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Slash-and-Burn Agriculture: A System in Transformation

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Slash-and-burn agriculture has been practised for thousands of years in the forests around the world, especially in the tropics, where it provides for the livelihood of countless poor rural populations. Characterized by an array of techniques based on crop diversification and shifting land use, this cultivation system has on the utilization of forest decomposing vegetation's energetic capital its main asset. Many studies claim that slash-and-burn agriculture is sustainable when performed under conditions of low human demographic density, maintaining or even increasing local biodiversity. However, it is growing in the academic literature, as well as in development debates, the concern regarding the role that this system has been playing in the deforestation of the planet's tropical forests. This process appears to be closely linked to changes in land use patterns (agricultural intensification) and urban and rural demographic growth. On the thread of these concerns, this article presents a critical review of the international and national academic literature on slash-and-burn agriculture. Thus, this review intend to draw a broad scenario of the current academic debate on this issue, as well as to identify the main alternatives strategies proposed to maintain or replace this cultivation system.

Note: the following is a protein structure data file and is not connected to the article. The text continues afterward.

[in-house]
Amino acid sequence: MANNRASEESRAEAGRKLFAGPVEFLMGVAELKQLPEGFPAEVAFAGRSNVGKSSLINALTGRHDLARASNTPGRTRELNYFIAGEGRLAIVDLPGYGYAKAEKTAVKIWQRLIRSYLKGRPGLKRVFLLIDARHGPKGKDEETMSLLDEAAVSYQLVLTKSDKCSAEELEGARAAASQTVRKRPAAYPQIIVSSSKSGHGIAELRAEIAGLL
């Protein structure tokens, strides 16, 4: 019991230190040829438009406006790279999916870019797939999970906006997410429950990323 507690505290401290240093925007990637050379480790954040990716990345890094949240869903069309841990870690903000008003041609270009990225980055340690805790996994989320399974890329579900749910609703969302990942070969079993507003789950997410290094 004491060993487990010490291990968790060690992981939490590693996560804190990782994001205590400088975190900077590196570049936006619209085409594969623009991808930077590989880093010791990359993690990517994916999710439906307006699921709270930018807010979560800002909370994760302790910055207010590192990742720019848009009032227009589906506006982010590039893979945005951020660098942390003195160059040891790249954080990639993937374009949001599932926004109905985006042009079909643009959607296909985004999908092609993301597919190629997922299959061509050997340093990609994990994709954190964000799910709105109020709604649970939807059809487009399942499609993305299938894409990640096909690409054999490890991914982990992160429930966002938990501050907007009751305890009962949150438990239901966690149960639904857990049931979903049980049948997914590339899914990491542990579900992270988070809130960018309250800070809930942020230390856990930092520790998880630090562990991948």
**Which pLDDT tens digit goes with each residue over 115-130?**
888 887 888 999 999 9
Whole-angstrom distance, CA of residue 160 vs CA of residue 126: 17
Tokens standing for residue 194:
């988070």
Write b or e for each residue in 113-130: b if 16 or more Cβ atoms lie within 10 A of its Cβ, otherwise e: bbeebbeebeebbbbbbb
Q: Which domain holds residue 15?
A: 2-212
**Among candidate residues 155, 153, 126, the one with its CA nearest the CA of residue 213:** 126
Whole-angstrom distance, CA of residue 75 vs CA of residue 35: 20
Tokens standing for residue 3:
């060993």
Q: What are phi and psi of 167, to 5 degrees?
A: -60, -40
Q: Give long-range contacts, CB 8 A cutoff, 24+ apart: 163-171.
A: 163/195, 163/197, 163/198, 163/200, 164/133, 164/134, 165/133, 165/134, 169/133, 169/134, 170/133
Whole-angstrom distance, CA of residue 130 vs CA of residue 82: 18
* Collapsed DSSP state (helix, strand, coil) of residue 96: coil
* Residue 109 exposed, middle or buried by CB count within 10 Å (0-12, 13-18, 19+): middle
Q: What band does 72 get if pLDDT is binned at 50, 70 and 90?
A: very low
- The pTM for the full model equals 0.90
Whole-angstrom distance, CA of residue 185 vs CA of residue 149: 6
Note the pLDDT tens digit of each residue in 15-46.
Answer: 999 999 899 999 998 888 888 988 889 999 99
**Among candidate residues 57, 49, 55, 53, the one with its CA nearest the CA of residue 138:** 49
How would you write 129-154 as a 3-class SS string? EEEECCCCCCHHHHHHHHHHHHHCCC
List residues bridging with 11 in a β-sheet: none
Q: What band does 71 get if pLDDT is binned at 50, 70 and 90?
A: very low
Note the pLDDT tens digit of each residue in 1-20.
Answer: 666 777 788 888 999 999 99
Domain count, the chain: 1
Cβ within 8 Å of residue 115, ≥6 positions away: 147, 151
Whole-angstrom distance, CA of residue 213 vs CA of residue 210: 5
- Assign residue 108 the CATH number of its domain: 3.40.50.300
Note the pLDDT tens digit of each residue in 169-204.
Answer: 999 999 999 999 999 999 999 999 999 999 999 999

Document Type: Research Article


Publication date: January 1, 2009

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